No significant differences were found for estimated calcium intake (p > 0.05) in all groups between PRE (NWBV: 921.27 ± 419.30 mg/day; HWBV: 1124.30 ± 421.52 mg/day nor CON: 928.80 ± 291.89 mg/day) and POST (NWBV: 848.00 ± 229.81 mg/day; HWBV: 1186.80 ± 468.97 mg/day nor CON: 969.80 ± 392.73 mg/day) intervention.

Because of the neutral smell of the conditioned air, subjects could not tell if they were in hypoxia or normoxia. Blinding was successful as more than 60% of subjects guessed their group incorrectly.

The oxygen saturation was lower (p < 0.01) for the hypoxia groups in all measured points during the training session. HR during the training sessions was not significantly different between groups (Figure 2).

FIGURE 2
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Figure 2. Physiological challenges of oxygen saturation (A) and heart rate (B) controlled in the second minute of warm-up (warm up), before whole body vibration protocol (pre-training), between second and third set of whole body vibration protocol (mid-training) and after whole body vibration protocol (post-training). Significantly differences from HWBV: ∗∗p < 0.01. Values are means and 95% Confidence Intervals. NWBV, normoxia whole body vibration group; HWBV, hypoxia whole body vibration group.”

Results of bone parameter responses after 18 weeks of intervention are shown in Table 2. Because of the responses to the training showed no sex differences, results for male and female participants were combined and analysed together. Changes in total and proximal femur BMD were not significantly different between groups. Two-way ANOVA indicated a borderline significant (p = 0.072) time x group interaction for total BMD and post hoc analysis revealed a slight but significant (p = 0.021) increase of this parameter after treatment in the HWBV group.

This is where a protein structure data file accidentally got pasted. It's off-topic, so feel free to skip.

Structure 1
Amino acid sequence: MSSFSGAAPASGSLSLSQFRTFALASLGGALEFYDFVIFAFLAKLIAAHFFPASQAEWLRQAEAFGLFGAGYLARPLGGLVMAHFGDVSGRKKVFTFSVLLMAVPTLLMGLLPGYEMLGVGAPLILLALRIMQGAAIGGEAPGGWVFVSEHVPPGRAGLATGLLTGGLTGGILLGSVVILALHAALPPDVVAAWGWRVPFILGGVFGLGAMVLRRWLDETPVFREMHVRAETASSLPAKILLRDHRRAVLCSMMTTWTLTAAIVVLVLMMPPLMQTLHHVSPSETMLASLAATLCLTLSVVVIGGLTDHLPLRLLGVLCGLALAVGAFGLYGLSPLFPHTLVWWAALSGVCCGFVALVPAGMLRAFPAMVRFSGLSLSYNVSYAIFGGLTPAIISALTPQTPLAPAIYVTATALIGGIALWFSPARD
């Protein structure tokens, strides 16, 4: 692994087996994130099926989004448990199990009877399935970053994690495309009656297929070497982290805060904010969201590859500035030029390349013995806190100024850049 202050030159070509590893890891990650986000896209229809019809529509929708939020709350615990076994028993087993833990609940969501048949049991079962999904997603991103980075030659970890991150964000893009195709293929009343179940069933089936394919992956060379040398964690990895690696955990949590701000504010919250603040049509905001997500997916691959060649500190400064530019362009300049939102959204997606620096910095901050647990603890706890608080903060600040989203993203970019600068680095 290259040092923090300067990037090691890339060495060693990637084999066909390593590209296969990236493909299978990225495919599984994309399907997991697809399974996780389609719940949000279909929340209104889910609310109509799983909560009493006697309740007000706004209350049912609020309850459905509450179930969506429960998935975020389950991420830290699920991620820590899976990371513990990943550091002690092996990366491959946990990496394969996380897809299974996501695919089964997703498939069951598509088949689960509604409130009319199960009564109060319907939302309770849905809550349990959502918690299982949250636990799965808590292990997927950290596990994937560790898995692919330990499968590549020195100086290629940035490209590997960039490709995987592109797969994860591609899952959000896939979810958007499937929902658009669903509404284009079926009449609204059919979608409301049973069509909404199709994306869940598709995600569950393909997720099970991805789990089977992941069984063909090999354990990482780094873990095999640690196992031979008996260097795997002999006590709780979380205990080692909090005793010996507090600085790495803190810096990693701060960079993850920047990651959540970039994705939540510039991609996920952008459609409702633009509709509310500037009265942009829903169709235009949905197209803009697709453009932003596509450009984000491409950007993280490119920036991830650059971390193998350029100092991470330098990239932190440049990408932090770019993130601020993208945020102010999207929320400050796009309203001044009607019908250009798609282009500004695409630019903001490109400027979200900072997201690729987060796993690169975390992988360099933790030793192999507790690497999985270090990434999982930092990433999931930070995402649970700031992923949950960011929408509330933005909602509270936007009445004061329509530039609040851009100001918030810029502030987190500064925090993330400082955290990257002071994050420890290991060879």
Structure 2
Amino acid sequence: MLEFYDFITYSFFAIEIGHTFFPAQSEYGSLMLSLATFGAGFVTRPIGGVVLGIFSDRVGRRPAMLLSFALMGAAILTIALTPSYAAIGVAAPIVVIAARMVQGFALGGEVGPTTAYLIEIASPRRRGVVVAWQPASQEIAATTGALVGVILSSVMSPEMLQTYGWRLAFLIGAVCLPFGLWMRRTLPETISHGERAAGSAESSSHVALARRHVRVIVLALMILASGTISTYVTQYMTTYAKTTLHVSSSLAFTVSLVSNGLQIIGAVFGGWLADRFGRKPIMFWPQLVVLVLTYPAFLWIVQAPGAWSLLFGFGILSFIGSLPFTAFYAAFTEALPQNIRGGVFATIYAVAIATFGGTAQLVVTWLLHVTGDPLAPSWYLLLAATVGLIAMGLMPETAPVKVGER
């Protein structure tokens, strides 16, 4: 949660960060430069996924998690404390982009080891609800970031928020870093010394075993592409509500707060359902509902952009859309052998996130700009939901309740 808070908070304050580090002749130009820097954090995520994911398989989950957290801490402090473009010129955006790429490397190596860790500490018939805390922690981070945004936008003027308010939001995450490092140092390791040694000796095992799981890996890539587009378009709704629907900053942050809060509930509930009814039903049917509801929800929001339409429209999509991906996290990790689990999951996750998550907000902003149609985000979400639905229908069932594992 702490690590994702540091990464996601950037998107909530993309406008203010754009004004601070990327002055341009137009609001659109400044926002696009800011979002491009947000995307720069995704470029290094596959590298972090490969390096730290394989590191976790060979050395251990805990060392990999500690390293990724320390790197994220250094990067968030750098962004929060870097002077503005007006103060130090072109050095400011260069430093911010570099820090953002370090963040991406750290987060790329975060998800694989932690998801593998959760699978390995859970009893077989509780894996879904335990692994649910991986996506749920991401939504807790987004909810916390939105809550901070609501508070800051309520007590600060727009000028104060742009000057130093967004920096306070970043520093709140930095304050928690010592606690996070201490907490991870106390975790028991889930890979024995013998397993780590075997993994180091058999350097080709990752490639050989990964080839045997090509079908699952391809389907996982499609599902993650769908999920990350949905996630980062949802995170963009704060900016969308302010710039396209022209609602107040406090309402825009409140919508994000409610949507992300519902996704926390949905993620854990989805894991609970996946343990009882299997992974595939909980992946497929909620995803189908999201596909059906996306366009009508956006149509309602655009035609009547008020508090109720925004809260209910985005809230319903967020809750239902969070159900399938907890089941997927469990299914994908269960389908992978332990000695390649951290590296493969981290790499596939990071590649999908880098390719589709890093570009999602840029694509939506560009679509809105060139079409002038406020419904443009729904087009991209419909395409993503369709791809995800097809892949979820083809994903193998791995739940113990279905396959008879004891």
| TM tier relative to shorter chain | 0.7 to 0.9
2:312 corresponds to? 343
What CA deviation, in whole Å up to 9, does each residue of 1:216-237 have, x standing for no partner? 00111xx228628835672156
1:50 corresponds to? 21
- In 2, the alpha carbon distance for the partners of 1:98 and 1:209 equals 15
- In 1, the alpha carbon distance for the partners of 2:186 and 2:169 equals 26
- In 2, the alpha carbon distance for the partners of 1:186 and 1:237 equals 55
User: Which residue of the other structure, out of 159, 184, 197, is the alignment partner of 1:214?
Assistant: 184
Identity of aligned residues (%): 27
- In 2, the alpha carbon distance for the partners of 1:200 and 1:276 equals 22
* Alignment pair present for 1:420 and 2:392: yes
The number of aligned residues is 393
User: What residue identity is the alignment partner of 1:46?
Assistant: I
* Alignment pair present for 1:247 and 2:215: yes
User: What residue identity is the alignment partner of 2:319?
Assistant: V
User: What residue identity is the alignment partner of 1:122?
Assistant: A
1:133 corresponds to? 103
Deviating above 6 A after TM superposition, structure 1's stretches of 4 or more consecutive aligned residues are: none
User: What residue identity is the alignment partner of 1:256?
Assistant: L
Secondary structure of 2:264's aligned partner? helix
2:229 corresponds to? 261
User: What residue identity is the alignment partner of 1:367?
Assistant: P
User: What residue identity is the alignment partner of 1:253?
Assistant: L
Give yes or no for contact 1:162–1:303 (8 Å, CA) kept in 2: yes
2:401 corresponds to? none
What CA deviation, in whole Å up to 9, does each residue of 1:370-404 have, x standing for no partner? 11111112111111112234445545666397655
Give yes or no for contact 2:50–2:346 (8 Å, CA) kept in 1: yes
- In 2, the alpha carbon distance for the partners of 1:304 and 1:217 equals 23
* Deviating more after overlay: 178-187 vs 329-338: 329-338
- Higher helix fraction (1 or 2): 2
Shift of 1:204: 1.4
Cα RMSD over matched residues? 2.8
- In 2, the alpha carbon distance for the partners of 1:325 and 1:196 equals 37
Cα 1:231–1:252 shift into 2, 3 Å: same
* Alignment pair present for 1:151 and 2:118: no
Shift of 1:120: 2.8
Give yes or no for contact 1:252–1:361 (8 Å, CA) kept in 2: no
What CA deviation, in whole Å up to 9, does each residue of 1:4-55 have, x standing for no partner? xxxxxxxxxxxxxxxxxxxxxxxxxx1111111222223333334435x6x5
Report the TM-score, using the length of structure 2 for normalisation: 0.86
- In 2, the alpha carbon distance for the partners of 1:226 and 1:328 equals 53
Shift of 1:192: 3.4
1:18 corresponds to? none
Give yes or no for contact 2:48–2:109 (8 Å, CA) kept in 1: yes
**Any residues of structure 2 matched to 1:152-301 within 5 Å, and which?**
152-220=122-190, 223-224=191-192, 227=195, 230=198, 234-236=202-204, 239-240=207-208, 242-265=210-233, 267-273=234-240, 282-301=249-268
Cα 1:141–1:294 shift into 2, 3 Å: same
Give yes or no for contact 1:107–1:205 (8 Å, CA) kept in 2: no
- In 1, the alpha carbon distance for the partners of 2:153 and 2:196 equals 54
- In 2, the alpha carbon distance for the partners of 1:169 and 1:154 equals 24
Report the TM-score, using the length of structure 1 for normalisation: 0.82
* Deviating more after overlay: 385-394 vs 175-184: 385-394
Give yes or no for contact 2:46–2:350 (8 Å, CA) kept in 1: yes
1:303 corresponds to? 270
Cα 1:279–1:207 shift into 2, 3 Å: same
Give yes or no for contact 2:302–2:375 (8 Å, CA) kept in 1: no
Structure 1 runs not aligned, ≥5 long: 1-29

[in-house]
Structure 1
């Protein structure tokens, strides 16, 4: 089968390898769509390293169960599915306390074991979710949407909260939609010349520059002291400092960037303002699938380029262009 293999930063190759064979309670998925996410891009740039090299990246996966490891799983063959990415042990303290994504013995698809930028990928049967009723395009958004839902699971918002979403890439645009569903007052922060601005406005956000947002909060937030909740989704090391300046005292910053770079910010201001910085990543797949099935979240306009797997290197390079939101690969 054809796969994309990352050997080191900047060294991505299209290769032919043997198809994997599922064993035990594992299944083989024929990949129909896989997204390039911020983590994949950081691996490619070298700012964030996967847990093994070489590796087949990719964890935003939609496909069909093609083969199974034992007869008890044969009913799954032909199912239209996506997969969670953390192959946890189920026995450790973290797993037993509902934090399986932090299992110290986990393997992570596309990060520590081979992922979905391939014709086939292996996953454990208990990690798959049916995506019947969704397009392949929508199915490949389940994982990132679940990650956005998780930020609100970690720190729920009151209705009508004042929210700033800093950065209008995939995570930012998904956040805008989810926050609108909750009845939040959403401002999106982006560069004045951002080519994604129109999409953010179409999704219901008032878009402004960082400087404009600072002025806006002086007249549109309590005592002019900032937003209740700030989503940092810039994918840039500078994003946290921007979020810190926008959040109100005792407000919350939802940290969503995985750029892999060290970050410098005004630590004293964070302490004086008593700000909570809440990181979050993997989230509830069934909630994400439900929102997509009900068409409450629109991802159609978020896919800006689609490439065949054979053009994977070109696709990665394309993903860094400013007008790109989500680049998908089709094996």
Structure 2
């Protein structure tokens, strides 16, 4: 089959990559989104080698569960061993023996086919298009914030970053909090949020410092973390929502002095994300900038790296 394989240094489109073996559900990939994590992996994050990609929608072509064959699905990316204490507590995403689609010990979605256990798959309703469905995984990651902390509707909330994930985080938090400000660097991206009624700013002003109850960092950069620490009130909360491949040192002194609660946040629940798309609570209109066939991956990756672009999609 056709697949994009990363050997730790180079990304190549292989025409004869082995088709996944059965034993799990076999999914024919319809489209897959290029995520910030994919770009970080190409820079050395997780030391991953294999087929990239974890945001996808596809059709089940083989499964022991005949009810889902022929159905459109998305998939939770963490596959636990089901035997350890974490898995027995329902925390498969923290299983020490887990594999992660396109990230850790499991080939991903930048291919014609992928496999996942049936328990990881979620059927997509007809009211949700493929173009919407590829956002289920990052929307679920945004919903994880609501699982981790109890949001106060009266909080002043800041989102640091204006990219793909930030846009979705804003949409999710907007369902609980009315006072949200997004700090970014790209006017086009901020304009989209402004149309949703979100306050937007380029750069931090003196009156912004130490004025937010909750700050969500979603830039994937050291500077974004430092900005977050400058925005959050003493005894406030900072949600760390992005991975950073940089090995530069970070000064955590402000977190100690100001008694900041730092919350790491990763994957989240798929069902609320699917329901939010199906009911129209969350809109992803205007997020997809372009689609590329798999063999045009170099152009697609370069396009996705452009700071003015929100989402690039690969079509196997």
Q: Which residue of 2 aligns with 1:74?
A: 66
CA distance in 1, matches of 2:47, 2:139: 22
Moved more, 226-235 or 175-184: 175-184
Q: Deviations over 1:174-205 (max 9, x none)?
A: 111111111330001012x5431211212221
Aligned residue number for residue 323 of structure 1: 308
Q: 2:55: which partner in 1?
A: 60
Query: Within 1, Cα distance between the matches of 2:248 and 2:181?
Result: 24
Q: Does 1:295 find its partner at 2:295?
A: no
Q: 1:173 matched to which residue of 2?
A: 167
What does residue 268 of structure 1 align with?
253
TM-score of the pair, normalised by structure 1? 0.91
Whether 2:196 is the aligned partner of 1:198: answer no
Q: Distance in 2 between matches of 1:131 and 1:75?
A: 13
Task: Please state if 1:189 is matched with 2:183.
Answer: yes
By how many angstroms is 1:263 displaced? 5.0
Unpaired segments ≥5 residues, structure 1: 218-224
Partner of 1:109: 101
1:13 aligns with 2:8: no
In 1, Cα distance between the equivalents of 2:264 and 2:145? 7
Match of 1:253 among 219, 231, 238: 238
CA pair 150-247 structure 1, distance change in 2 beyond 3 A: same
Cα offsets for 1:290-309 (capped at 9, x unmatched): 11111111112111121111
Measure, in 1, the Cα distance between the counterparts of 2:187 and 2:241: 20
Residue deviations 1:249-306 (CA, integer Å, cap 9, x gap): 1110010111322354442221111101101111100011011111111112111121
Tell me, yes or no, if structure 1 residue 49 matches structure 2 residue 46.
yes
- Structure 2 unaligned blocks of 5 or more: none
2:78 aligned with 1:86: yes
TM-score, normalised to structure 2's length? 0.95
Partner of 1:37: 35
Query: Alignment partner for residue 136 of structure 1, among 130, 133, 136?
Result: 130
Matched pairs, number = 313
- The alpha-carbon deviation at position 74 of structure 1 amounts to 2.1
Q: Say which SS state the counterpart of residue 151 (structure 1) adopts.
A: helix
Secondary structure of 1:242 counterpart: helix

TABLE 2
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Table 2. Bone Mineral Density measurement outcomes (g⋅cm–2) at baseline and after 18 weeks of normoxia-whole body vibration exercise (N = 10), combined hypoxia-whole body vibration exercise (N = 10) and in control group (N = 10).

Figure 3 shows the whole body and right proximal femur BMD individual responses after 18 weeks of intervention. Based on MDC, 30% of the subjects of HWBV group (3/10) reached this value in whole body BMD (MDC = 0.07 g⋅cm–2). In the femoral BMD, 70% (7/10) of the subjects reached the MDC following HWBV (MDC = 0.01 g⋅cm–2) and 30% (3/10) following NWBV (MDC = 0.03 g⋅cm–2). Fifty percent of the subjects (5/10) showed trochanter BMD changes equal of MDC after HWBV (MDC = 0.01 g⋅cm–2) and 20% (2/10) in the NWBV group. Thirty percent (3/10) of the subjects reached the MDC in the intertrochanteric region BMD following HWBV (MDC = 0.02 g⋅cm–2) and NWBV (MDC = 0.04 g⋅cm–2).